Food Culture and Tradition

Food, People and Culture Resources

Australian Food


Fresh whole milk is used in quantity by most Australian families: children drink milk at most meals and adults enjoy milk in puddings, soups, custards, and tea. Skim milk, 2 percent (partially skimmed) milk, and cottage cheese are not widely accepted, nor is skim milk powder. Cheeses are not a usual part of the Australian food and dietary pattern and usually are only used in specialty dishes that call for cheese as an ingredient. There is a small but noticeable increase in the popularity of yogurt.


Although there is a great variety of Australian food, the variety is mainly seasonal and local. There is even little importing of produce from one state to the other. Part of the reason may be storage and transportation facilities; frequently January floods affect supplies and cause price increases in Australian food.

Fruits available include passion fruit, pineapples, pawpaws, many forms of coconut, fresh figs, guavas, melons, chokos, tamarillos, mangoes, mulberries, loganberries, lichees, cumquats (Australian spelling), kiwi fruit, feijoas (plums), and a range of citrus fruits. Exotic tropical fruits available are: persimmons, avocados, custard apples, monsteria delicio. Australia is also rightly famed for its fine-quality dried fruits; Australian raisins and currants are widely exported. Other popularly consumed dried fruits include peach-es, apricots, pears, figs, prunes, and apples. Australians prefer to eat fruits that require minimum preparation, and more dried fruits are commonly eaten as snacks and desserts than in North America. A favorite accompaniment to a barbecued dinner of steak or chops is a large mixed salad that combines fruits and vegetables.

As with fruits, Australians prefer their vegetables with a minimum of “fixing”; not for them mysterious mixtures of creamed or sauced vegetables. Some Australian food and vegetables are called by names different than those used in North America: beets are commonly called beetroots; capsicums refer to green or red peppers. Australian “pumpkin” is unlike the pumpkin found in North America, as it is a dark green vegetable with the shape and appearance of the familiar American pumpkin but a flavor and texture resembling that of carrots.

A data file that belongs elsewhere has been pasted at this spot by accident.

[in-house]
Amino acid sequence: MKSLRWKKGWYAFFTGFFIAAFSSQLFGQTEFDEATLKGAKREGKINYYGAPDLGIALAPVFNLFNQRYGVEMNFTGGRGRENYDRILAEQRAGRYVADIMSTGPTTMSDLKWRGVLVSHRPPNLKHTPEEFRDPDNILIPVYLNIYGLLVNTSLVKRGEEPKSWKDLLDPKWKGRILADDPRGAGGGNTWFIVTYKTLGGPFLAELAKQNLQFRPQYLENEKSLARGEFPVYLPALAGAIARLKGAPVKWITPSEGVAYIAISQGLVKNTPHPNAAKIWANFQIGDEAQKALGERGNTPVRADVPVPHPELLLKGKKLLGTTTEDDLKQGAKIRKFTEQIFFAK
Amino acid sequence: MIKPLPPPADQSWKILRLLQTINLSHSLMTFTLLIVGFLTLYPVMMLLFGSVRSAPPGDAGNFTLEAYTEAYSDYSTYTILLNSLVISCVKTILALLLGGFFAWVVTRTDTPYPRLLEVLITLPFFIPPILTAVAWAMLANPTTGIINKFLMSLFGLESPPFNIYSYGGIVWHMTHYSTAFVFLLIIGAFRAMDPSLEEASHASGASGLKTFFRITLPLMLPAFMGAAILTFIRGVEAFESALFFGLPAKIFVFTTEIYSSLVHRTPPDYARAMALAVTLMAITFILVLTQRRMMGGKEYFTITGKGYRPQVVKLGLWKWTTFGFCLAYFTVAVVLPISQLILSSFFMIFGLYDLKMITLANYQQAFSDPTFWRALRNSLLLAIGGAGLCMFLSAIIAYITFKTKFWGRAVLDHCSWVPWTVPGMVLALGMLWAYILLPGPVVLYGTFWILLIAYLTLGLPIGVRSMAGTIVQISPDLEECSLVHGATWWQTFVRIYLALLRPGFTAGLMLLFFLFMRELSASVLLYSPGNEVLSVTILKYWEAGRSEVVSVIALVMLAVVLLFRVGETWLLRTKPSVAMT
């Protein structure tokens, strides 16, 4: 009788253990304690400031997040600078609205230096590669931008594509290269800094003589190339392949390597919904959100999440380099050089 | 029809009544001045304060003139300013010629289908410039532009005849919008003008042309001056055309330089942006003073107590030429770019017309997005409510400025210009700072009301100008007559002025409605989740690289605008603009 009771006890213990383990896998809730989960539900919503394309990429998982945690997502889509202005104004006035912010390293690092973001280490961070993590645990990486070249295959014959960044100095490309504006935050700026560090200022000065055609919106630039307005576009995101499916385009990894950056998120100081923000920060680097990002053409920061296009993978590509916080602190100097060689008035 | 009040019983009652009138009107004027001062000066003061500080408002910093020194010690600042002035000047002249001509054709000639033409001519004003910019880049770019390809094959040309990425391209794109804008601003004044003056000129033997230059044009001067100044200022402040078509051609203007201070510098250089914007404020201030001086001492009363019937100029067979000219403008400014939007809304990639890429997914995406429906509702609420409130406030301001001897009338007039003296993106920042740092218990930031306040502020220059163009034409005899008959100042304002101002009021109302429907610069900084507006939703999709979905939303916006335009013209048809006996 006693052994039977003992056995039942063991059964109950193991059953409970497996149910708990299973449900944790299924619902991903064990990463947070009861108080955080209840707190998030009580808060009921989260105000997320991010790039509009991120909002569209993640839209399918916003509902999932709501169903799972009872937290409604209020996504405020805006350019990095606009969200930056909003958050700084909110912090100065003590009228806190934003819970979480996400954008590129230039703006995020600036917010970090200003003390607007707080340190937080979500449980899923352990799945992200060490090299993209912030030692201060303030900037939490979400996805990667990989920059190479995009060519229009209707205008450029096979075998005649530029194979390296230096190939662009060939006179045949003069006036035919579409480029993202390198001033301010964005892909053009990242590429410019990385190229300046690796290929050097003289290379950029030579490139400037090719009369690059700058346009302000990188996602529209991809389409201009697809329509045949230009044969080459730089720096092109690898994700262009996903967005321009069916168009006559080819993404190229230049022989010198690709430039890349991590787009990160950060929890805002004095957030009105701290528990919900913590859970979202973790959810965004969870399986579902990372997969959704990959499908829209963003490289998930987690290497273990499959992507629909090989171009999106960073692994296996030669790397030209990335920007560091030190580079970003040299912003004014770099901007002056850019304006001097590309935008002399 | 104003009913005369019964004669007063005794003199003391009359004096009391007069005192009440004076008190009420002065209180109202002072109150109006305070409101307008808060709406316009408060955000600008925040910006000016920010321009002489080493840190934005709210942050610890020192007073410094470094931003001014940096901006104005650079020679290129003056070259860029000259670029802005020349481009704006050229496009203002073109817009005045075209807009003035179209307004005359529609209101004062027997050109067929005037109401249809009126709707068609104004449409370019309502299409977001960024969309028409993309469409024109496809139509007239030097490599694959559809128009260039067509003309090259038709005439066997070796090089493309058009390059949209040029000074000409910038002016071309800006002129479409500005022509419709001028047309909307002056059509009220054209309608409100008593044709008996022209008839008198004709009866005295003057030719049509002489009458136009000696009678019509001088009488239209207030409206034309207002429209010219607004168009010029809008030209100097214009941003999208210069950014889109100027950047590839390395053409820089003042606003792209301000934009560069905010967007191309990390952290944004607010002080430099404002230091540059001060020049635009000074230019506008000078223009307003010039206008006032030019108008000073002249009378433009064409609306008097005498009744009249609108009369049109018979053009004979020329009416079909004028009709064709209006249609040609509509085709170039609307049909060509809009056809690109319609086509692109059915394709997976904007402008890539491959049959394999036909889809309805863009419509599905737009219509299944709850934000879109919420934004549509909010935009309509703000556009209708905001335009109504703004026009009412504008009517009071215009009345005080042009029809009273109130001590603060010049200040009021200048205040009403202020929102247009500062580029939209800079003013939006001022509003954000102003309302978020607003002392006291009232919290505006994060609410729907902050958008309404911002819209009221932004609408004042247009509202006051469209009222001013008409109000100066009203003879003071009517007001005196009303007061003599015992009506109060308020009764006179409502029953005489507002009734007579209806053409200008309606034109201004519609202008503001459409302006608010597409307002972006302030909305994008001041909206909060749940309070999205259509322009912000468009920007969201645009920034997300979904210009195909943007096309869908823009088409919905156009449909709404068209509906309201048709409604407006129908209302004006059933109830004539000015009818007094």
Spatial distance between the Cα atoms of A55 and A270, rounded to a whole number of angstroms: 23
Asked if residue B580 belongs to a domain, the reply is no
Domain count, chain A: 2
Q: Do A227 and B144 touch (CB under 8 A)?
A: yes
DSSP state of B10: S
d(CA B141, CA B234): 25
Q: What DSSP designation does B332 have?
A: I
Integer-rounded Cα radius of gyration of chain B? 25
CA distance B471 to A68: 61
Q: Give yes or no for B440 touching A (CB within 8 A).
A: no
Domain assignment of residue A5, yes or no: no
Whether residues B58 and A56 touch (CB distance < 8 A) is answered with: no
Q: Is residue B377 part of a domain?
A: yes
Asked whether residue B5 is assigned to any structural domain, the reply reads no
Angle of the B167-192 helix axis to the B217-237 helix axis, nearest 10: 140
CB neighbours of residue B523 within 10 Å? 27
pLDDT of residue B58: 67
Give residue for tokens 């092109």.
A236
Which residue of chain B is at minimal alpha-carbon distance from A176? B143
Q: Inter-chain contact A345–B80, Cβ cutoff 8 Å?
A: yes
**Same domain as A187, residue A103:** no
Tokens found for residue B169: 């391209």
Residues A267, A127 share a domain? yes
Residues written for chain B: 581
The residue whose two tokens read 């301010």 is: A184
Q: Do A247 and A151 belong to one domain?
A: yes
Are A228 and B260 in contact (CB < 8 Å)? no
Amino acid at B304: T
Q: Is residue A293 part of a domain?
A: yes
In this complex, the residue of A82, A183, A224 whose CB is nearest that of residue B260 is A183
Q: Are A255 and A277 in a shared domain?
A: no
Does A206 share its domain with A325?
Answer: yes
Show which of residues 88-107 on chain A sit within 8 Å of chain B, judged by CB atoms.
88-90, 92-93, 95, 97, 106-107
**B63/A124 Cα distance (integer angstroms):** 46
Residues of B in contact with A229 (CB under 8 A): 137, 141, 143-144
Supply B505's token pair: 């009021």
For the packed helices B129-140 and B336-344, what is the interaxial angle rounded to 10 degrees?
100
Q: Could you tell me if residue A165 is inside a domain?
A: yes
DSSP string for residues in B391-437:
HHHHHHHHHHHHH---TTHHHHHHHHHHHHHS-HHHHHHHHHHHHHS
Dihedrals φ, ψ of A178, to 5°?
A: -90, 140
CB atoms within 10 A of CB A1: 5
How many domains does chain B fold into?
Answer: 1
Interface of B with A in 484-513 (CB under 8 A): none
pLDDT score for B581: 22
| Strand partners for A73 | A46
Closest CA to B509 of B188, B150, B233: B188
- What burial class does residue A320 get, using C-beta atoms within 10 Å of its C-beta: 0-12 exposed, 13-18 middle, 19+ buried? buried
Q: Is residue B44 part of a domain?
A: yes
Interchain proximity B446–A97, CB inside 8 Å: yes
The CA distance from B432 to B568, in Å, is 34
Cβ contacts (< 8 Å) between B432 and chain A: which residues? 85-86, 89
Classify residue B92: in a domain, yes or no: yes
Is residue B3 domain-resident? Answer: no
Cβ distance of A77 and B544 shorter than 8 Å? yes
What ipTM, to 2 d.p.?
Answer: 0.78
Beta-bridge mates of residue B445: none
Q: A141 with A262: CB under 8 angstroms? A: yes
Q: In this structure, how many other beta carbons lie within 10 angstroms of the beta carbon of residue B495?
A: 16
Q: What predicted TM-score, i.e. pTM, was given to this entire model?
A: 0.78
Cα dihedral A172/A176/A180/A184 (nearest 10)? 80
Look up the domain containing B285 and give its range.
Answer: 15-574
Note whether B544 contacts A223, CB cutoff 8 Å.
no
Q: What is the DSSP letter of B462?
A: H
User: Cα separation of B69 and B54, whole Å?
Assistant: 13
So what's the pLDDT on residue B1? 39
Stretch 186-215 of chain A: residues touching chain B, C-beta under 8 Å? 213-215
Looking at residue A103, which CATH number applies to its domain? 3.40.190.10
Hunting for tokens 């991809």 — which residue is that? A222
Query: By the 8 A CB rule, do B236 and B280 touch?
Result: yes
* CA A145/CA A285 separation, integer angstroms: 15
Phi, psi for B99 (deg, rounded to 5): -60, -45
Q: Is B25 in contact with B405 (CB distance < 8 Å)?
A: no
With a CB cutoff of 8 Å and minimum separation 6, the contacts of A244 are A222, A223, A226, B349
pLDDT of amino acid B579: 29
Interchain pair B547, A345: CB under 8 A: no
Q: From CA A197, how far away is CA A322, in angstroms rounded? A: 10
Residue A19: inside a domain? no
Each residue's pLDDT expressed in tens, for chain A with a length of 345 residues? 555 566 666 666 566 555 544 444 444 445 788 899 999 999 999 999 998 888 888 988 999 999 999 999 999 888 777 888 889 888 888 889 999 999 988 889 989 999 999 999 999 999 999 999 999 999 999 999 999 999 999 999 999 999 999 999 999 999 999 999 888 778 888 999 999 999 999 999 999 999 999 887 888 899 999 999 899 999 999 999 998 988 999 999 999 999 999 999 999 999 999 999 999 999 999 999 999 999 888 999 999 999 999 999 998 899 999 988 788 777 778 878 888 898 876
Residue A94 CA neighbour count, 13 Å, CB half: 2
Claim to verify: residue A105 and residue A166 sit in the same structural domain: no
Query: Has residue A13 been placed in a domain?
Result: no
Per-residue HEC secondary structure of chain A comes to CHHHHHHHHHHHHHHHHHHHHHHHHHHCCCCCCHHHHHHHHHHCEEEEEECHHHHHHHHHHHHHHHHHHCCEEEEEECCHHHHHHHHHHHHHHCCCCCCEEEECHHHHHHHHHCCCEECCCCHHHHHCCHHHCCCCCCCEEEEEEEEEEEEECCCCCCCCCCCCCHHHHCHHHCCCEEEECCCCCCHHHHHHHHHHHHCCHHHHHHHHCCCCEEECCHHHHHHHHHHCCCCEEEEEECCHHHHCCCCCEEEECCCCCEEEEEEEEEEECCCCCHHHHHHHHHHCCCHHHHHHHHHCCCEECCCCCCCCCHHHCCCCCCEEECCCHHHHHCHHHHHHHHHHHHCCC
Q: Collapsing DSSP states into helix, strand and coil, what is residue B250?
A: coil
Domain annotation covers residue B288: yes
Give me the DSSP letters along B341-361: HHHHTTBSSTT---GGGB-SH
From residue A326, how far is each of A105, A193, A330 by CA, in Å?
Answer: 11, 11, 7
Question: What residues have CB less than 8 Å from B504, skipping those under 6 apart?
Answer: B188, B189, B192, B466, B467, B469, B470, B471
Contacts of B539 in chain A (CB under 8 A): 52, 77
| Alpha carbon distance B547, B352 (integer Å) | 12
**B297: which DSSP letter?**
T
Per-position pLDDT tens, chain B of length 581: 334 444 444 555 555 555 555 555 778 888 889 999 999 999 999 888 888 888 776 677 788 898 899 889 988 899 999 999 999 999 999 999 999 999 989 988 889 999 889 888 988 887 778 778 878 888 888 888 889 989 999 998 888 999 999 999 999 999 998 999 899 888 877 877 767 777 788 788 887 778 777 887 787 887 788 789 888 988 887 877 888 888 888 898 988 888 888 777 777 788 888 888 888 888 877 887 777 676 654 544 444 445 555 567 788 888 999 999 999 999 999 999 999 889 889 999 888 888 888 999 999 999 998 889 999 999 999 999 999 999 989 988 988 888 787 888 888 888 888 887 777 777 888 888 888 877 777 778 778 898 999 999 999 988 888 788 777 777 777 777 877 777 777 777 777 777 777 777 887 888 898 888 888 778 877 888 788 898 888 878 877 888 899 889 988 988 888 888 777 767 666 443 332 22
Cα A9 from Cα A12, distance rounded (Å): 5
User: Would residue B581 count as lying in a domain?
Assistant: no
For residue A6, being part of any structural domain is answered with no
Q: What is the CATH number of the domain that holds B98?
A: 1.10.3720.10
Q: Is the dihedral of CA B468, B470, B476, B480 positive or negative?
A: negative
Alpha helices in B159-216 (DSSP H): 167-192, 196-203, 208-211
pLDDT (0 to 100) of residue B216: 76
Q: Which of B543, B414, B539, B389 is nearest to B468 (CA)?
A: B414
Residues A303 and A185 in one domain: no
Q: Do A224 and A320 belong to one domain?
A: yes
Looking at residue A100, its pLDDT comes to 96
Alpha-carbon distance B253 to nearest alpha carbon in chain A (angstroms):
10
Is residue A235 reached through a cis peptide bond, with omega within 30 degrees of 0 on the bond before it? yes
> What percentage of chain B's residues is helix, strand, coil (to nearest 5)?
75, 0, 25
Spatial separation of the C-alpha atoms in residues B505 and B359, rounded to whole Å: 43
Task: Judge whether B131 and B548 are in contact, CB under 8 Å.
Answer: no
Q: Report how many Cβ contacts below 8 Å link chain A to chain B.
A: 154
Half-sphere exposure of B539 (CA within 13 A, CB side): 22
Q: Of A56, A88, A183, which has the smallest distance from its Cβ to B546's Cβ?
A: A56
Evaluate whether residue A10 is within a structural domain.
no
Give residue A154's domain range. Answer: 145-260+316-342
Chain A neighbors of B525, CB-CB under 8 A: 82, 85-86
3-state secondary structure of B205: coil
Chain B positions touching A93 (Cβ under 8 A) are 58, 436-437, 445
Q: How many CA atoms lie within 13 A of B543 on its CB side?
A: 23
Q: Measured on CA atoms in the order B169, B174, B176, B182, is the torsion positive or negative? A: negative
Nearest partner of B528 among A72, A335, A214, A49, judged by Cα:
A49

Beef in the form of steaks and roasts heads the popularity list on the Australian food. Next come other cuts of beef, lamb, veal, and offal. Pork and poultry are not used with any regularity. Roasting, quick-frying, or barbecuing are the usual methods of meat cookery. Other meats used only occasionally include duck, goose, turkey, wild duck, crocodile, camel, marinated kangaroo meat, partridge, pheasant, venison, and wild pork. A famed dish is carpetbaggers steak: a thick steak that is split, stuffed with raw oysters, and broiled or barbecued.

There is no shortage of fish and seafood and there is wide variety: oysters, scallops, mussels, tohero (a shellfish with a distinctively green color), trout, salmon, red snapper, mulloway, hapuka, whitebait, tarahiki, gurnard, flounder, and bream. Following the Australian’s preference for simple Australian food, fish is served fresh and prepared in a simple way by poaching, baking, frying, or grilling.

Legumes are used only in specialty dishes, but a growing vegetarian community is using legumes and soybean products extensively.

Finally, it must he noted that steak and eggs really are a classic favorite and considered the perfect breakfast, lunch, or supper and even — for heartier Aussies – a snack.


In home baking there is a definite preference for the use of self-raising flour, that is, flour containing a proportionate amount of salt and leavening agent. Fresh breads are usually purchased daily for meals and for teatime. Wheat flour is the staple but cornstarch is used in thickening desserts and sauces. Wholegrain wheat flour is called wholemeal. More recently, the Swiss breakfast favorite muesli, a blend of toasted oats, dried fruits, and nuts eaten with milk, has gained some popularity. Australians do not favor pancakes or waffles and seldom use sweetened breakfast cereals, although pikelets similar to pancakes are considered a dessert in the Australian food.


Margarine is the most widely used fat, and although generally priced the same as butter, many seem to prefer its flavor. Cofa is a solidified coconut oil used in making desserts.


Dried fruits are popular snacks and Health Food Bars, made from nuts, sesame seeds, dried fruits, and honey are enjoyed by all ages. Fresh fruit is eaten as a snack in season.


Not for the Australian any complex form of seasoning. Cookery, service, and seasonings are all simple and basic. Salt and pepper and onions are the staples, for Australians have a strong preference for Australian food that “taste natural.” Chutneys, pickles, and piquant sauces are often served with meals.


Australian wine is inexpensive, of excellent quality, and widely used. Local quality beer is the preferred beverage for most men and Foster’s is the brand everyone knows; women enjoy frequent cups of tea daily; children prefer fresh whole milk but often have tea or coffee. Fruit cordials are popular, especially in hot weather. Strong spirits, cola drinks, and coffee are not as popular.

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